The Turkish Parliament on Tuesday extended for 18 months legislation that allows the deployment of Turkish forces to Libya and Afghanistan.
While the ruling Justice and Development Party (AK Party) and the Nationalist Movement Party (MHP) backed the motion on troops in Libya, the main opposition Republican People's Party (CHP), pro-PKK Peoples' Democratic Party (HDP) and Good Party (IP) voted against it.
"There are threats from Libya to Turkey and the entire region, and if attacks resume again, Turkey's interests in the Mediterranean basin and North Africa will be adversely affected," the motion said.
It added that permanent peace, the cease-fire that was agreed upon in October and political dialogue in Libya are of great importance to Turkey.
"Turkey, within the Memorandum of Security and Military Cooperation signed with Libya, will continue to contribute to the training and consultancy support to Libya," it said.
The proposal was submitted by the Presidency last week, in light of a request by Libya's United Nations-recognized government for military assistance.
The decision comes in the wake of a U.N.-brokered cease-fire in Libya that was declared in October. The cease-fire deal envisioned the departure of foreign forces and mercenaries within three months. However, the internationally recognized Government of National Accord (GNA) frequently has stated that the cease-fire will not have an effect on military deals with Turkey and that cooperation with Ankara will continue.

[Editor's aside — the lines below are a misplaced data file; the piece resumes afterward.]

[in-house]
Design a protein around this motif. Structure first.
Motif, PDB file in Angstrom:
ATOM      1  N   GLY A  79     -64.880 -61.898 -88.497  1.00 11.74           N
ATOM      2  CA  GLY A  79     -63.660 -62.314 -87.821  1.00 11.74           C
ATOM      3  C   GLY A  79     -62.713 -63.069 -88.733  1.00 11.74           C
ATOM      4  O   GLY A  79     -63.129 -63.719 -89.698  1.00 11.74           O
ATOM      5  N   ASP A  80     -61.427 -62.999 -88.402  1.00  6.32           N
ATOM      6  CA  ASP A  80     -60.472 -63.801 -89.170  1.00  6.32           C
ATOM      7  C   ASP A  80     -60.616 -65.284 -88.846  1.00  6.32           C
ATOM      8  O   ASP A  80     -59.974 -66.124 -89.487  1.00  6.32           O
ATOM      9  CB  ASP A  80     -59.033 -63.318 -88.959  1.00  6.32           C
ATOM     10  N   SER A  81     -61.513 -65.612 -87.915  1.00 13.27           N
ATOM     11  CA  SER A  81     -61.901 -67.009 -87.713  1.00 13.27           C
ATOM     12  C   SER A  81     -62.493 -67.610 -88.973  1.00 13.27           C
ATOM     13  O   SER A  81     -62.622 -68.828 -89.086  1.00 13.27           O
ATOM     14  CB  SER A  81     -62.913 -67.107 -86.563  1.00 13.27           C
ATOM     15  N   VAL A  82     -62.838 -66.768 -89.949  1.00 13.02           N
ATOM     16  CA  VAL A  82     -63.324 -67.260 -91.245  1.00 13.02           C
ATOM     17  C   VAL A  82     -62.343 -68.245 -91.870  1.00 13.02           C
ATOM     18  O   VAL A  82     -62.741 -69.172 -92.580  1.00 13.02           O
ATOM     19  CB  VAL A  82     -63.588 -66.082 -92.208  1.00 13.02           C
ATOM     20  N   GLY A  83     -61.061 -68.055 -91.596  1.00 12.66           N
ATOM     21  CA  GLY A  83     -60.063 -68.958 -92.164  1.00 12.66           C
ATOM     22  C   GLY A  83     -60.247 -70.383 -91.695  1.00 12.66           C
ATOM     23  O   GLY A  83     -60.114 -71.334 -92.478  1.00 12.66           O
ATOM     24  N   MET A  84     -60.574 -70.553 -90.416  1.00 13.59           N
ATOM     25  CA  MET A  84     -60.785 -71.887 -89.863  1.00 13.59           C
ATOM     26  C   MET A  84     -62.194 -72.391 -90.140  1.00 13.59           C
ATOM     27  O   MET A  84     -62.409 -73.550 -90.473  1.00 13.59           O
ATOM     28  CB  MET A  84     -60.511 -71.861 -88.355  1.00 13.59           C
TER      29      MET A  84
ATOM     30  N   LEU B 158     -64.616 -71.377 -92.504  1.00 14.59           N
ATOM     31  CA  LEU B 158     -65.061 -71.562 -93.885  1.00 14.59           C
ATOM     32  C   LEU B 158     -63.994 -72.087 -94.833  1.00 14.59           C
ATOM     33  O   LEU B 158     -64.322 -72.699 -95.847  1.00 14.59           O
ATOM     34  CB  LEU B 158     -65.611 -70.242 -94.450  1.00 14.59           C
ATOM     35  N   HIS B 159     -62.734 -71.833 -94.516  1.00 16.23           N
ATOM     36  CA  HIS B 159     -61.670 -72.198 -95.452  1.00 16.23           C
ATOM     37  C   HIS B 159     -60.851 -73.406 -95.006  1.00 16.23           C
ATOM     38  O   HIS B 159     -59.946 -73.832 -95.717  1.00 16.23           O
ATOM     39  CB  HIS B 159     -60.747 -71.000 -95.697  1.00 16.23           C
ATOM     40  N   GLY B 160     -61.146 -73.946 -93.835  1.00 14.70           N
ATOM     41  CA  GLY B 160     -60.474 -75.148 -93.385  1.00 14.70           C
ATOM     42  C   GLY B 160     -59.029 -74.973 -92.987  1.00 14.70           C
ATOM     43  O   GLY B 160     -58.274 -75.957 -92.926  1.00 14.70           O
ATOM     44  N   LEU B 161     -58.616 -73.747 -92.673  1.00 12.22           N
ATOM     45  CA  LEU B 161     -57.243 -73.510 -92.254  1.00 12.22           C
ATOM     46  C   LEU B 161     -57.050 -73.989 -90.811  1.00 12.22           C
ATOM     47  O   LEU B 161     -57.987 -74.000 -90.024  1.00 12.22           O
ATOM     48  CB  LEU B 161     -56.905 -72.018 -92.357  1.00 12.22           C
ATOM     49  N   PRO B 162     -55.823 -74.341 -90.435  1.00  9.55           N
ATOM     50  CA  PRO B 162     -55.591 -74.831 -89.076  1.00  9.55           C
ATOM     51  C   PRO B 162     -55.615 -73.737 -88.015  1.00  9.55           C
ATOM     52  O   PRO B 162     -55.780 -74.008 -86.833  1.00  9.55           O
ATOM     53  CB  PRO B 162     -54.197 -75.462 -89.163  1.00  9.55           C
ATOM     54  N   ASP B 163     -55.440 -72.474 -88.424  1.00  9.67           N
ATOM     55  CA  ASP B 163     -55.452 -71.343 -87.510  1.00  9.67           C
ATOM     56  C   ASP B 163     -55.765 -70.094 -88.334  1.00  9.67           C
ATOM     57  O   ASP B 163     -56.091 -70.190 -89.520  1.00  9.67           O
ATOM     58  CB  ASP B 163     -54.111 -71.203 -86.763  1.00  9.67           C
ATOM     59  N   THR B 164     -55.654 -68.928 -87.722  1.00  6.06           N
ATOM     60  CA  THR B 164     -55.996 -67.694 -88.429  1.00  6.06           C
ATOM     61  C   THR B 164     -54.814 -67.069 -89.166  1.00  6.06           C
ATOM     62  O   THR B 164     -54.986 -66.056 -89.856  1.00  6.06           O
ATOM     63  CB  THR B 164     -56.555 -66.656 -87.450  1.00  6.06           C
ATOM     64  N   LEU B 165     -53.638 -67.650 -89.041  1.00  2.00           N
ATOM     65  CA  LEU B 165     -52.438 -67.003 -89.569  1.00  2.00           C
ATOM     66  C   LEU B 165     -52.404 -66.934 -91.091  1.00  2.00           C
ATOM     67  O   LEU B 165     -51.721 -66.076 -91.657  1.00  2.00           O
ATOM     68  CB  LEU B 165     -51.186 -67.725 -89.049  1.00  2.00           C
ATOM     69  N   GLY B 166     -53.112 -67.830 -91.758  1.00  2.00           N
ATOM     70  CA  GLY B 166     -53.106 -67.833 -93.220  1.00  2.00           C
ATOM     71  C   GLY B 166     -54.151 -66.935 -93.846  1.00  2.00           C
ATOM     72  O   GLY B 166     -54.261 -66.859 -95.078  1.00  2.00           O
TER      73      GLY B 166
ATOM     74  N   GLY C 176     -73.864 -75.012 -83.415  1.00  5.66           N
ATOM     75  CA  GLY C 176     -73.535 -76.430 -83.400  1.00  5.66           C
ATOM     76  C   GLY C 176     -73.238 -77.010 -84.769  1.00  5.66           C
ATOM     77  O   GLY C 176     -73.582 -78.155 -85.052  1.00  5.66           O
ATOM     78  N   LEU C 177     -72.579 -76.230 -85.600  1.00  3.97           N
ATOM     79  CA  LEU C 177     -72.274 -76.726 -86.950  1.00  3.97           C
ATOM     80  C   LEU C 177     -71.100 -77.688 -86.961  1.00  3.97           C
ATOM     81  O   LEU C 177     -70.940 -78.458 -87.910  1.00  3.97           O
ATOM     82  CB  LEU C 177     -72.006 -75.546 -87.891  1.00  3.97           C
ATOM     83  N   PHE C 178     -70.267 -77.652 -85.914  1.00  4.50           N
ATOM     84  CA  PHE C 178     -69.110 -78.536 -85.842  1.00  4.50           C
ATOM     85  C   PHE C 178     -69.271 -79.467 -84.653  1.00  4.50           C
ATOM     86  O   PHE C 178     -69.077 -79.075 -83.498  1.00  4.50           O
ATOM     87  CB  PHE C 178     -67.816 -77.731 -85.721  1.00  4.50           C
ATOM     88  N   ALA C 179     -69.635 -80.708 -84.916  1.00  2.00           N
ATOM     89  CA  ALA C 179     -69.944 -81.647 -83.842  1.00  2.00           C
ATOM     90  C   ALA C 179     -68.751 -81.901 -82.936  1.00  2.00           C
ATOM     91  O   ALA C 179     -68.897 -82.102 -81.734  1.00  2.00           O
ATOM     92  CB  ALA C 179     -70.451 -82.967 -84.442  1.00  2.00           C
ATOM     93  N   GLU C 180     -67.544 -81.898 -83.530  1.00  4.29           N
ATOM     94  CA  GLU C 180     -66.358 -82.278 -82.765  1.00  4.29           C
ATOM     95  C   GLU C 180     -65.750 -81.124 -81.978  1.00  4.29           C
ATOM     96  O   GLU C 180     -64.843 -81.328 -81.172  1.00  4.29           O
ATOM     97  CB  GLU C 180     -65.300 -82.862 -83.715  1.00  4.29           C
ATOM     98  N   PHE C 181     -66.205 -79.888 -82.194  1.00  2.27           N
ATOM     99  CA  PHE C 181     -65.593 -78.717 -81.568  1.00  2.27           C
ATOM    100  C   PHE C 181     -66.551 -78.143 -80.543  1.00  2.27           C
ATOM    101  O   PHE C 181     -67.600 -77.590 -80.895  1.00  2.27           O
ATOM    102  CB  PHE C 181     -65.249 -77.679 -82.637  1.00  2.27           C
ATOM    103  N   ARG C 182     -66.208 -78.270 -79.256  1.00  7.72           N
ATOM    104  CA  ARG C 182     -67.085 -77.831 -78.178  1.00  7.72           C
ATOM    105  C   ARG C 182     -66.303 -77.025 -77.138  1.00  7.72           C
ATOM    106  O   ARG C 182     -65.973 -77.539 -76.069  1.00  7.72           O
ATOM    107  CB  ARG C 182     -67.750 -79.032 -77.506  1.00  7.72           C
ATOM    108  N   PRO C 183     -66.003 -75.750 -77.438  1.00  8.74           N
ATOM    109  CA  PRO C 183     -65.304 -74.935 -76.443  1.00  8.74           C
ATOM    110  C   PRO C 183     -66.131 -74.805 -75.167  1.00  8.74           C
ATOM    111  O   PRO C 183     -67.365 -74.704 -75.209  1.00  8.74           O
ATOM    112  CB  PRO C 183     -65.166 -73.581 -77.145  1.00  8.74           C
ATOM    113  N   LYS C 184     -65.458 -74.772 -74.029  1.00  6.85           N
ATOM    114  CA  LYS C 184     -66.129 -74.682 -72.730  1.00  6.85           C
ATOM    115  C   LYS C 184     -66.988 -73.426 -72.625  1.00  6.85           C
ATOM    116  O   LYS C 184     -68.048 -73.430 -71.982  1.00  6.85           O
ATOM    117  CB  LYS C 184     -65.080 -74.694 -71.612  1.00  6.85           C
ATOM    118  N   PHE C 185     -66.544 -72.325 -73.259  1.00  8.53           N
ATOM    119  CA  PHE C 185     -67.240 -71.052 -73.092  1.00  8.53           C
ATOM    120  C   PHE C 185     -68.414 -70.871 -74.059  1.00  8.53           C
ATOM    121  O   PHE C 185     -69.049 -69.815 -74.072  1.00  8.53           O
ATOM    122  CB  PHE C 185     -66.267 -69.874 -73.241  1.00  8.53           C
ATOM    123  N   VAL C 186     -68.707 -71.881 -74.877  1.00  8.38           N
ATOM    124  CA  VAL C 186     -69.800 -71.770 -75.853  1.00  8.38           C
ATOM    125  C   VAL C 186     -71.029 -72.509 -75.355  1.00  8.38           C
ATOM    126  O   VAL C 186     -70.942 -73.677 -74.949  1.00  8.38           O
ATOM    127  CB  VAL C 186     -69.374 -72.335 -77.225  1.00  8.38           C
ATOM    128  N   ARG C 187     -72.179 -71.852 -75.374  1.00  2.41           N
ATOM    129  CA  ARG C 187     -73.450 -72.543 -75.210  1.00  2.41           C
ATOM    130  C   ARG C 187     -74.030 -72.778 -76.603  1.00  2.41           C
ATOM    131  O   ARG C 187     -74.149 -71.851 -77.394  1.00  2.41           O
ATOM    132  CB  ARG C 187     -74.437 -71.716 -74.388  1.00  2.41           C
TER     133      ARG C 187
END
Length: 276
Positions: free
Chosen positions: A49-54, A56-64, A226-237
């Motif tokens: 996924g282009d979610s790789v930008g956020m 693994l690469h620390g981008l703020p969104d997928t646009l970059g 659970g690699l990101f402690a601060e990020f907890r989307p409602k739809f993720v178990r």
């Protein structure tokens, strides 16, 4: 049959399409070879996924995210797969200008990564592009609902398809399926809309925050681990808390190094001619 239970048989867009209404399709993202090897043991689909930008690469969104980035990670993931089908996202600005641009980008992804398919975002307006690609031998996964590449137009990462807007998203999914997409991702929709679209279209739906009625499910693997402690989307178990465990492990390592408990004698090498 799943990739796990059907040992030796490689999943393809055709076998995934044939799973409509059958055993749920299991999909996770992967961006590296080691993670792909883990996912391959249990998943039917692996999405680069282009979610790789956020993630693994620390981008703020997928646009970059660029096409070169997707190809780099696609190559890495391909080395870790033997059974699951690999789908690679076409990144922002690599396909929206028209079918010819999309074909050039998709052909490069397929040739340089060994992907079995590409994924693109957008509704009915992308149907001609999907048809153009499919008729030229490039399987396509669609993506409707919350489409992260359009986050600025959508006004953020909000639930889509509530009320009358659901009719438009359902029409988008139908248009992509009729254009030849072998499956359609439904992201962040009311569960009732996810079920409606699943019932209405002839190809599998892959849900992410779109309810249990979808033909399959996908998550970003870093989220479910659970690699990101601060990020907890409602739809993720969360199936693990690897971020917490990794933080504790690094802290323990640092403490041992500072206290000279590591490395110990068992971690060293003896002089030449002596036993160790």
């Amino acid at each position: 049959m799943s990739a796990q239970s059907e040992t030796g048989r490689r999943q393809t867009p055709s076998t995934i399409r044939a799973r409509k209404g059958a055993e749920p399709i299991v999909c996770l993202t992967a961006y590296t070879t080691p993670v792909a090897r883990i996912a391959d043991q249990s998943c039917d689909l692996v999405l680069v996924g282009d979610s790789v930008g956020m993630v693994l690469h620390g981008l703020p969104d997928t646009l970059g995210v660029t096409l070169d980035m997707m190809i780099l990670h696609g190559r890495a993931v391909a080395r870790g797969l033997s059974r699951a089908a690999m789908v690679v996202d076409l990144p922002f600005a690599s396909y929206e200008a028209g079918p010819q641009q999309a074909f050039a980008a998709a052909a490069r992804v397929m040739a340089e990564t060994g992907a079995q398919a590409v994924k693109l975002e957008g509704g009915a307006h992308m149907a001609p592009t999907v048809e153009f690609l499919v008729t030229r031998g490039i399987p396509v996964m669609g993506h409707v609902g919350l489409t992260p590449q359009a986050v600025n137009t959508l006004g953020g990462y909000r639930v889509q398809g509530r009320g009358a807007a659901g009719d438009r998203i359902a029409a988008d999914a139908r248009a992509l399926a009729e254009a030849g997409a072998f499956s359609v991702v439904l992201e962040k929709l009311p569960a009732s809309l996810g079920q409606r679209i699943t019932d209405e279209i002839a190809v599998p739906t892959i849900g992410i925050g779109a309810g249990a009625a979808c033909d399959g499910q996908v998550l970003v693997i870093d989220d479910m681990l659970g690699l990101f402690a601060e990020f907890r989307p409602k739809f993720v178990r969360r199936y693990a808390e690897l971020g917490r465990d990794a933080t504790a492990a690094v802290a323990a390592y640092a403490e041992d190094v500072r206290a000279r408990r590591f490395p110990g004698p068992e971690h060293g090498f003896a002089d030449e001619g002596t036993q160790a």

The GNA was founded in 2015 under a U.N.-led agreement. Unfortunately, efforts for long-term political settlement have failed due to military offensives by forces loyal to putschist Gen. Khalifa Haftar, who is backed by Egypt, France, the United Arab Emirates (UAE) and Russia.
In the face of Haftar’s aggressions, Ankara and the Tripoli-based internationally recognized government reached two separate memorandums of understanding (MoU) on Nov. 27, 2019, one on military cooperation and the other on the maritime boundaries of countries in the Eastern Mediterranean.
Within this scope, Turkey has started providing military training to Libyan soldiers.
NATO supports mission in Afghanistan
Meanwhile, the Turkish Parliament also approved a motion to extend the deployment of Turkish troops in Afghanistan for 18 months as part of NATO's support mission in the war-torn country.
HDP lawmakers voted against the motion.
"Turkey, which has deep friendship and brotherhood ties with Afghanistan, has always backed the unity, integrity and independence of Afghanistan," the motion read.
Legislation took effect on Jan. 6, 2019, that allowed the Turkish government to send troops to Afghanistan to support the NATO-led mission Resolute Support.
After ending the 17-year combat mission in Afghanistan in 2018, the mission has evolved into training and advising the nascent Afghan security forces.
Around 12,000 foreign troops from 28 NATO allies and 14 other partner nations agreed to support the NATO mission in Afghanistan.
The legislation that was first passed in 2015 also grants the government authority to permit foreign army personnel to be transported to and from Afghanistan through Turkey.